Gainesville Planning and Appeals Board meeting
What: Review of proposed office space development on Thompson Bridge Road
When: 5:30 p.m. April 14
Where: Municipal courtroom in the Public Safety Complex, 701 Queen City Parkway
The Thompson Bridge Road corridor shifts more and more in the direction of commercial enterprise with each passing year, the residential character evolving into a blend of homes, restaurants and retail stores.
Now comes a proposed professional office development directly across from the new Wal-Mart grocery store.
Plans to develop a 7,700-square-foot building with parking on a .67 acre property will go before the city’s planning and appeals board April 14.
The proposed development includes one access drive from Thompson Bridge, with parking in the front and rear.
The city’s planning staff has recommended a few conditions be met before the development can proceed, including substantial buffers to protect nearby residential homes.
The property in question, located at 1510 Thompson Bridge Road, is currently vacant, with a small driveway and some vegetation.
The property was rezoned from residential to neighborhood business in 1998, and a demolition permit was issued to remove a home on the property in 2012.
The planning and appeals board is being asked to reduce buffer requirements.
The application, submitted by Chris Patton of Patton Land Surveying in Gainesville, asks city officials to shrink the rear vegetative buffer mandate to 15 feet from 30 feet.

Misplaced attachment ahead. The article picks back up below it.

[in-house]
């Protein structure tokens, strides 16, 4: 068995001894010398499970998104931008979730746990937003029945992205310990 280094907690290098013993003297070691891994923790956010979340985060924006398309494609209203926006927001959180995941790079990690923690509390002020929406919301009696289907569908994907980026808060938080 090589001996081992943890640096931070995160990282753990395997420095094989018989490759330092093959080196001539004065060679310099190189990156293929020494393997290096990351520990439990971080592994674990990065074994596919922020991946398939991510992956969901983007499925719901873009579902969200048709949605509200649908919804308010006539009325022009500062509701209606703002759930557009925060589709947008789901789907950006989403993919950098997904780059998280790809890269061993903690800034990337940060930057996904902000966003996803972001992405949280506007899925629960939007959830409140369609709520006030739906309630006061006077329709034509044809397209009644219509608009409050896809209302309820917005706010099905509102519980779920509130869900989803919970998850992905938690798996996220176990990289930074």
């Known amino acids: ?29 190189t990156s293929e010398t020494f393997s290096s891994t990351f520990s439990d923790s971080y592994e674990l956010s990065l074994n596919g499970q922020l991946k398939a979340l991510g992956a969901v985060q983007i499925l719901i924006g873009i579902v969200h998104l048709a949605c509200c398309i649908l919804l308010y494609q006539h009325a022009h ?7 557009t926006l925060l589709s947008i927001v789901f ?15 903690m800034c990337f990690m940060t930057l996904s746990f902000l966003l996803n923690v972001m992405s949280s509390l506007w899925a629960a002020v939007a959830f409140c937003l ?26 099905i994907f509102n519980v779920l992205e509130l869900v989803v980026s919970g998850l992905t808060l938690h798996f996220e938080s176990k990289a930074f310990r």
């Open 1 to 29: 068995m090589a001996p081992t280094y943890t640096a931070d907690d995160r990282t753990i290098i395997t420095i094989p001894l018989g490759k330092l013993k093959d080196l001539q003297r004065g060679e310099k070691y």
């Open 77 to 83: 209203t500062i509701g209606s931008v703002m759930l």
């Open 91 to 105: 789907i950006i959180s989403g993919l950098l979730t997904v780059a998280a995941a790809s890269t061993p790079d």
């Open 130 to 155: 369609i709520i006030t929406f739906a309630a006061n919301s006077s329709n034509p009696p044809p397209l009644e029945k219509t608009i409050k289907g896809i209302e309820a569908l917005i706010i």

According to staff reports, “In certain cases, the code allows for buffers to be reduced in half when an 8-foot tall opaque structural buffer and vegetation is provided. It does not appear that this is conducive given the fact that the comprehensive plan expects the adjacent property located to the east to remain single-family.”
Planning staff recommends that a minimum 25-foot buffer be required to ensure privacy for adjacent family residences.
Staff is also recommending that an eight-foot vinyl fence be constructed on the property’s northern boundary.
A final condition recommended by staff restricts the land’s use, which means a convenience store, coin laundry or tattoo parlor cannot be developed at the site.
Owner and developer Richard Toth told The Times last month that there is no timeline for construction and that he does not yet have a specific tenant or client lined up to occupy the office space.
But Toth believes the economy is turning around and that now is the right time to move forward with the development.
“It’s starting to grow,” he added.
While an office development is already an approved use for the land, Toth may face another hurdle along the way.
According to staff reports, “Based on the current concept plan, it appears the applicant may be required to file for a variance in the future to vary the frontage landscape strip, sidewalk, access aisle width and impervious surface coverage requirements.”